Turning tourism into national cash-cow


By Elson Mankhomwa:

Gule Wamkulu

Tourism, now embraced as the next big thing in Malawi and the world at large, is very much part of life today as it has always been. What may have changed today is the way of life and reasons for travel.

Modern tourism trends are emphasising that not all consumers want the same products and that tourist needs and desires are ever changing. This thinking is known as Post– Fordism or Post-Modernism.


Fordism is mass production of standardised products and services mainly based on price competition by large, vertically integrated companies. That trend grew out of the Second World War when European nations had embarked on the rebuilding process of their battered economies.

In tourism, it means the production of tour packages focused on satisfying large groups and their basic needs with prices that are pegged to appeal to the masses.

In brief, Fordism Theory rests on mass consumption and, in the context of tourism, such consumption includes needs of tourists such as students and younger people who embark on overland track tours.


Fordism is a term used to describe the typical postwar mode of economic growth and its associated political and social order in advanced capitalism.

In other words, bigger production renders goods and services cheaper and consumers get to consume only those commodities which mass producers find convenient to manufacture.

Post –Fordism or Post- Moderrnism is the opposite of Fordism or Fordist tendencies. There are many products and services that are developed and, indeed, more are being developed with a short or shorter lifespan but are all meant to meet the needs of certain sections of the tourist market.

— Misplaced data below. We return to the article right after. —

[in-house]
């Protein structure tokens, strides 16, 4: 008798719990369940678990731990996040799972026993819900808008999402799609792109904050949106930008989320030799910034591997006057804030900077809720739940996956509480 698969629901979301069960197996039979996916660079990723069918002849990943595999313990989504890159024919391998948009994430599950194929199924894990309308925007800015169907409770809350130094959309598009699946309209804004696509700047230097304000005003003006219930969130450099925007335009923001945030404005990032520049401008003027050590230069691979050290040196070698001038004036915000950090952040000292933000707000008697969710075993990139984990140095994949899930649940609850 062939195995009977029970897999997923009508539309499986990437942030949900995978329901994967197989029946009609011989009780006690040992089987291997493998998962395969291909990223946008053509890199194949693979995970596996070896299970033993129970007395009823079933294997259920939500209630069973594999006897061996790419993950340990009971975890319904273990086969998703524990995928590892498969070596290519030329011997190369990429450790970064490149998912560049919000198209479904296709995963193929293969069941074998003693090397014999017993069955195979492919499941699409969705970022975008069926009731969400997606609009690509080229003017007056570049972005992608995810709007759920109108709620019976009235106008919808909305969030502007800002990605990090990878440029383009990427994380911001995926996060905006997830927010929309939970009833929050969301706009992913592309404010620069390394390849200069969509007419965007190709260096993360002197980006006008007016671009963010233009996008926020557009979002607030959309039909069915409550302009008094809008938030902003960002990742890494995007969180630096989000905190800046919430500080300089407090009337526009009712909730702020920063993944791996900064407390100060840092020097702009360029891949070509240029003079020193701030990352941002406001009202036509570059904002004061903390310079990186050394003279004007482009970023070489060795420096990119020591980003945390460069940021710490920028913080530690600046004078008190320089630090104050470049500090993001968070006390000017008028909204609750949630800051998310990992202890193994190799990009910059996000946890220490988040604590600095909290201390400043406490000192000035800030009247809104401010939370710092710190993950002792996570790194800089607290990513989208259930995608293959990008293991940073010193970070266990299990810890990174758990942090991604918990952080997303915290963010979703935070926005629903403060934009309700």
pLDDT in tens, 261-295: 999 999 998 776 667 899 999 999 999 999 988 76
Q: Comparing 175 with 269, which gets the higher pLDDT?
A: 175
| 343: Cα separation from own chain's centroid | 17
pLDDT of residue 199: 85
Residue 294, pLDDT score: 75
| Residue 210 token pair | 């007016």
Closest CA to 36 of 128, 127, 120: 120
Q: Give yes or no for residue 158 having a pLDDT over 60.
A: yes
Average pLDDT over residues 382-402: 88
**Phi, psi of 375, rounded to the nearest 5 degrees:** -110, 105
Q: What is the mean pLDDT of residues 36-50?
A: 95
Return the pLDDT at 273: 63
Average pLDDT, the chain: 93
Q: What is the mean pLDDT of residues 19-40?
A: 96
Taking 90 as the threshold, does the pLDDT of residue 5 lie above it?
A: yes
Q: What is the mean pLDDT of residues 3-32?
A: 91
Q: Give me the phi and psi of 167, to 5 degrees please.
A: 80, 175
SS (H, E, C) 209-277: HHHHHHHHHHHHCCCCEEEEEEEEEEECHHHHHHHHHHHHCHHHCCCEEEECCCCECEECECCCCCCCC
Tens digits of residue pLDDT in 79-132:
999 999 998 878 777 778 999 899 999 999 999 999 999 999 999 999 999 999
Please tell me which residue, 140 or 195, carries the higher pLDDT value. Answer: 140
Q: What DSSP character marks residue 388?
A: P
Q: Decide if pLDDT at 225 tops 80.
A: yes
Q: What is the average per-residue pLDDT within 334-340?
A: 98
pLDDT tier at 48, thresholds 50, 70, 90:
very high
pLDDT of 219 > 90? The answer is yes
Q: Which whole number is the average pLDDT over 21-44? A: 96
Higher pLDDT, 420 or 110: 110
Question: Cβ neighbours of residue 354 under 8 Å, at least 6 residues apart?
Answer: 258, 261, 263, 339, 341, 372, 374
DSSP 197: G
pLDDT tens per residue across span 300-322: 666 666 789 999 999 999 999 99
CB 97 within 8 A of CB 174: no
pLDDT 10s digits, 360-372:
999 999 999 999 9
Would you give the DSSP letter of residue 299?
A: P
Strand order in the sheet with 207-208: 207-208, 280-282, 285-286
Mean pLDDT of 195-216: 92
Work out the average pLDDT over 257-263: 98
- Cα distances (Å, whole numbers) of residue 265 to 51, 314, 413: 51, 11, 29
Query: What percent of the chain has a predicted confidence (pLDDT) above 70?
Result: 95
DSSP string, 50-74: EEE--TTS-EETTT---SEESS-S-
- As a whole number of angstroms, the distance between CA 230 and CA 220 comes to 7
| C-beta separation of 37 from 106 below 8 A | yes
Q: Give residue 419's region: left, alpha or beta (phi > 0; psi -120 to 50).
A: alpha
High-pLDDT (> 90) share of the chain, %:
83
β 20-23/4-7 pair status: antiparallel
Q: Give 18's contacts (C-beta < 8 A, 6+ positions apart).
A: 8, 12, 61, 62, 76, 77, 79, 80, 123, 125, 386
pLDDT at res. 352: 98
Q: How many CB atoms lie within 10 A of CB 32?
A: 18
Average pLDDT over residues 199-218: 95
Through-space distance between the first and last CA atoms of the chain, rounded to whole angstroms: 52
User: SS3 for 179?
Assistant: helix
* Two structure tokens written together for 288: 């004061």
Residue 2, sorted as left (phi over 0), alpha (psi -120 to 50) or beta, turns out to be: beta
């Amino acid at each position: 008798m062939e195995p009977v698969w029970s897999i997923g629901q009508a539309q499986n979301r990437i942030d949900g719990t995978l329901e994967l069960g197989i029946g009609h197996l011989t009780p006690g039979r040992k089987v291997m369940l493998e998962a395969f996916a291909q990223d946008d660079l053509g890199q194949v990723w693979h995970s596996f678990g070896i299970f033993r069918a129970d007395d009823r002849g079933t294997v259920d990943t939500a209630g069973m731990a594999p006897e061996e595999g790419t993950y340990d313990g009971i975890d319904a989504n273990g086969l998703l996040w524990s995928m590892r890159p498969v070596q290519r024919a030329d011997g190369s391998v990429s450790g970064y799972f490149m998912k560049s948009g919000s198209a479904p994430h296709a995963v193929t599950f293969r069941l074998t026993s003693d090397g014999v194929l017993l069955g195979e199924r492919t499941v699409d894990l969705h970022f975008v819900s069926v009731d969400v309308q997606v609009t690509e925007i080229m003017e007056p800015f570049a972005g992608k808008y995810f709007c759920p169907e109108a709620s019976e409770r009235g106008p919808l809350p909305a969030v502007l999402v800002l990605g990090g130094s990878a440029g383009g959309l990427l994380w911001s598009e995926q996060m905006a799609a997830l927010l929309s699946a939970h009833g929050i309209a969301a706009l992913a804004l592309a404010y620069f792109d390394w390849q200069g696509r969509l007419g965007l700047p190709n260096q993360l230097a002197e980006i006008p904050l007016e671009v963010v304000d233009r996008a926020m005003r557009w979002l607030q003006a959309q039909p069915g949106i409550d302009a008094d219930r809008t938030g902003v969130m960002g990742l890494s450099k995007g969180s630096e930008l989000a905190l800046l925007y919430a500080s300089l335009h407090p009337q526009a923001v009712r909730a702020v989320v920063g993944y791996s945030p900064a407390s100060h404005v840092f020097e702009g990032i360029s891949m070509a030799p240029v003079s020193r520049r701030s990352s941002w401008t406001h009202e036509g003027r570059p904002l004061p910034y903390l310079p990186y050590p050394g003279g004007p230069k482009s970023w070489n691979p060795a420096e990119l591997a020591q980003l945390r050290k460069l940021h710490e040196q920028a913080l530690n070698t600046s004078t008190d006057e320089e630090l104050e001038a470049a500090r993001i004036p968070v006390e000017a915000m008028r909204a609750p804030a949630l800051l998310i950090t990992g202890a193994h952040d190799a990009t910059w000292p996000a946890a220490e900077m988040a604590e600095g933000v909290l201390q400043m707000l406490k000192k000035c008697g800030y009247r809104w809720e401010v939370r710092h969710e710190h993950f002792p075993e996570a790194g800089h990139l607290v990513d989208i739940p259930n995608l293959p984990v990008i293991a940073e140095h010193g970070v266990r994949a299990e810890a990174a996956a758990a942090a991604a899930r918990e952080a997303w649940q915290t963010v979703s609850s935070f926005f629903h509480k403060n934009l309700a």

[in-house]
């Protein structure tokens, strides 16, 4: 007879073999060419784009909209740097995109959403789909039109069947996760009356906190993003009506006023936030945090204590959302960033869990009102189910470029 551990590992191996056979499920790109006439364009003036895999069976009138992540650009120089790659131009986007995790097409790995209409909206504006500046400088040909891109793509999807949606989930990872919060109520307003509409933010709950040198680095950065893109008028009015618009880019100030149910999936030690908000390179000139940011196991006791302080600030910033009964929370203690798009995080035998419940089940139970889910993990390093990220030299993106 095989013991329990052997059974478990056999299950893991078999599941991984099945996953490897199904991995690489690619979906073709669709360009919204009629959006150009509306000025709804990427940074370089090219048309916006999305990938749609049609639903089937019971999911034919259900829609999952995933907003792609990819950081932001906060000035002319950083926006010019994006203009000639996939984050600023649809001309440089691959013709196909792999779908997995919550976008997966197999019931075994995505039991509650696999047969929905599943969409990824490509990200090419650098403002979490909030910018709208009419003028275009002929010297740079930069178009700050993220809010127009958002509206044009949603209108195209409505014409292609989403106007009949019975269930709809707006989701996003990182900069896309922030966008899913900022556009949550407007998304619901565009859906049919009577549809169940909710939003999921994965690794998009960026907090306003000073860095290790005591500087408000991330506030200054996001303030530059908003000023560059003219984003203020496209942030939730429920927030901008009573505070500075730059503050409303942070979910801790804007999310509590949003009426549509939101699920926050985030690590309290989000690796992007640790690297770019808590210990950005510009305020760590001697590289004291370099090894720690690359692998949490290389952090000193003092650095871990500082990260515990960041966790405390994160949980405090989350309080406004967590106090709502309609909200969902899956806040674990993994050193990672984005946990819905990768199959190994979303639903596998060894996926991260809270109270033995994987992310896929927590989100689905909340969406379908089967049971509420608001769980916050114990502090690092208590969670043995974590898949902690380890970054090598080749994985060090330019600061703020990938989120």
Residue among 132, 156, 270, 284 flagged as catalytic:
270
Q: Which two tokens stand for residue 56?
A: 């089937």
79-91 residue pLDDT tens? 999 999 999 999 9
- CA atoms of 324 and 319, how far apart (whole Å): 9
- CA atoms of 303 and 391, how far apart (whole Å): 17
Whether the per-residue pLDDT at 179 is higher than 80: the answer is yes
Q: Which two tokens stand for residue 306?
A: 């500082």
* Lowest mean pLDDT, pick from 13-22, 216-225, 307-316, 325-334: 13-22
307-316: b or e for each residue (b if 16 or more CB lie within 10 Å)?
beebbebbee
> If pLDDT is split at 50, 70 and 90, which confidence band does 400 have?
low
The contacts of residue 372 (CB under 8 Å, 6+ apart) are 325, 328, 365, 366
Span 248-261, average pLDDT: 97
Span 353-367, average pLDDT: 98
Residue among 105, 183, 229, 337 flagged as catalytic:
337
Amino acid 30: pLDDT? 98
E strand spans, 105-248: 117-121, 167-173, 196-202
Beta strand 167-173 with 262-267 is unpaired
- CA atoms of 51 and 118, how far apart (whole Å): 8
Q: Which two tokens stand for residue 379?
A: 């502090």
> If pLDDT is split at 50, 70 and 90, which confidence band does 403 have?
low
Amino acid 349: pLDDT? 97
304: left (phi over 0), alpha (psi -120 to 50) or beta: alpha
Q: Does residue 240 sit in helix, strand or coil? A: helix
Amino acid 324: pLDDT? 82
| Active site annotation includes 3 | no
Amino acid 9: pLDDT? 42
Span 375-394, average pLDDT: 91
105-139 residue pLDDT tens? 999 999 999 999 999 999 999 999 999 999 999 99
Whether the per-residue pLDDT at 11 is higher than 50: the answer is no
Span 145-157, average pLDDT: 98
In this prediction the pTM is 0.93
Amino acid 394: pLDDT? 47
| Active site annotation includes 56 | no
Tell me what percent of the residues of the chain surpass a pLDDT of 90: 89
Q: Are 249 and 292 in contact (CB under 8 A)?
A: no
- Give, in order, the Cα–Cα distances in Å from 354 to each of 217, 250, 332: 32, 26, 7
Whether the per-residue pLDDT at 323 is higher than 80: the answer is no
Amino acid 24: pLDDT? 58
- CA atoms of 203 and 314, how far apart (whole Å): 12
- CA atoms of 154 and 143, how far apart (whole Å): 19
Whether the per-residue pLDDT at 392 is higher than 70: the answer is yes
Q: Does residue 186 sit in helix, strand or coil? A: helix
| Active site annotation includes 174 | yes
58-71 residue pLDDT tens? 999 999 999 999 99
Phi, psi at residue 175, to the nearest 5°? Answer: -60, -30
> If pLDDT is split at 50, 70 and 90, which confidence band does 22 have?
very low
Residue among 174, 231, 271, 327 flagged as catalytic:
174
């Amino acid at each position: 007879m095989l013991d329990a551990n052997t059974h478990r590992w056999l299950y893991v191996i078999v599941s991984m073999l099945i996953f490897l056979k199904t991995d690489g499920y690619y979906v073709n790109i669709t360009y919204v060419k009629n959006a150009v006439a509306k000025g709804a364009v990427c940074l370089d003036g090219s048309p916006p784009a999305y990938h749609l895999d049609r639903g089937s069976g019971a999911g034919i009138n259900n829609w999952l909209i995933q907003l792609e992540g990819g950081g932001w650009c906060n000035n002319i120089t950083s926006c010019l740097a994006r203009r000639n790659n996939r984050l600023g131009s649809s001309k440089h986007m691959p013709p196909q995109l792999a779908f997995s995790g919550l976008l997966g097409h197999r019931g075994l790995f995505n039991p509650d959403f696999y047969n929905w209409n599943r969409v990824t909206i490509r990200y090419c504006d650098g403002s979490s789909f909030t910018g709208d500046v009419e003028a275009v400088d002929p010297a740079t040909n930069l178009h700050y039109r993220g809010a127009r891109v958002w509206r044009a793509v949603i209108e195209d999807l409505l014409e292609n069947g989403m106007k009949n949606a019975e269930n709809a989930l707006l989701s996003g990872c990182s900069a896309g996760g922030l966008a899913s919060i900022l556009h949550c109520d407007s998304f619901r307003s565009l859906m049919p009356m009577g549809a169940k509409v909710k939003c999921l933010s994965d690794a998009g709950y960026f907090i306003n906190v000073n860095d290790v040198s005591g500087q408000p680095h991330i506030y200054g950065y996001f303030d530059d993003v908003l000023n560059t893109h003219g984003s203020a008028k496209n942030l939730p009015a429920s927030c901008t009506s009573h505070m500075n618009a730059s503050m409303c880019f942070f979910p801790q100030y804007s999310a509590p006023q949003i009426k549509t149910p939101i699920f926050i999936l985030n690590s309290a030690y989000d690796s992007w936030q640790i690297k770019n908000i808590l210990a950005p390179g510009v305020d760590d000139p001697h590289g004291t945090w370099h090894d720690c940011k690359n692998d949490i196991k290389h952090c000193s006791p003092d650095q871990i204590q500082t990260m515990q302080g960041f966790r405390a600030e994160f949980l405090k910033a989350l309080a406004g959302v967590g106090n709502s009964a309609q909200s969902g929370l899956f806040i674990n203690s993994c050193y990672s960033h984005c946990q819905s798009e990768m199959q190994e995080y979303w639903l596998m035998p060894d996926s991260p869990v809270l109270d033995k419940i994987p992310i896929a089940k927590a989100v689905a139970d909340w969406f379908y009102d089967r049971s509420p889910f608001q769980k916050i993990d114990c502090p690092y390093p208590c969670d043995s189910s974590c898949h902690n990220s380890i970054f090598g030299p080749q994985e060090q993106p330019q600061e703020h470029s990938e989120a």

There are, as at now, more specialised and niche markets such as space tourism— which simply means travel to outer space, to orbit the earth and beyond the earth’s orbit— Arctic and Antarctic tours, deep sea adventures and sea travel (where the cruise liner is a destination in its own right) and marine tourism among others.

Modern tourism has also embraced pronounced product segmentation. We are talking of events such as food fares, a pattern that is growing more popular in Europe, as well as an interest in the revival of cultural festivals for tourism purposes. Examples include Brazilian and Central American street carnivals, Kulamba and Kuomboka in Zambia and Umthetho in Malawi, apart from music festivals at the lake.

The ever changing consumption needs of modern tourists have necessitated flexibility among travel managers and tourism organisations. Consumption patterns have also shifted, largely because of the globally growing middle and service class that, according to writer Bourdieu, are the petty bourgeois.

While travel in the past was more of an exclusive privilege for the aristocracy, the advancement of living standards and more awareness has brought with it a new class of professionals and semi-professional workers.

In the 1980s, there was a general subornation of production to consumption, meaning that tourism organisations and managers concentrated on the numbers of tourists or mass tourism other than the range and offering of tourism products and services.

Media practitioners have played their role in changing tourist tastes. The interest developed by, and growth of, the media in restructuring tastes and fashions of tourism consumption is decisive.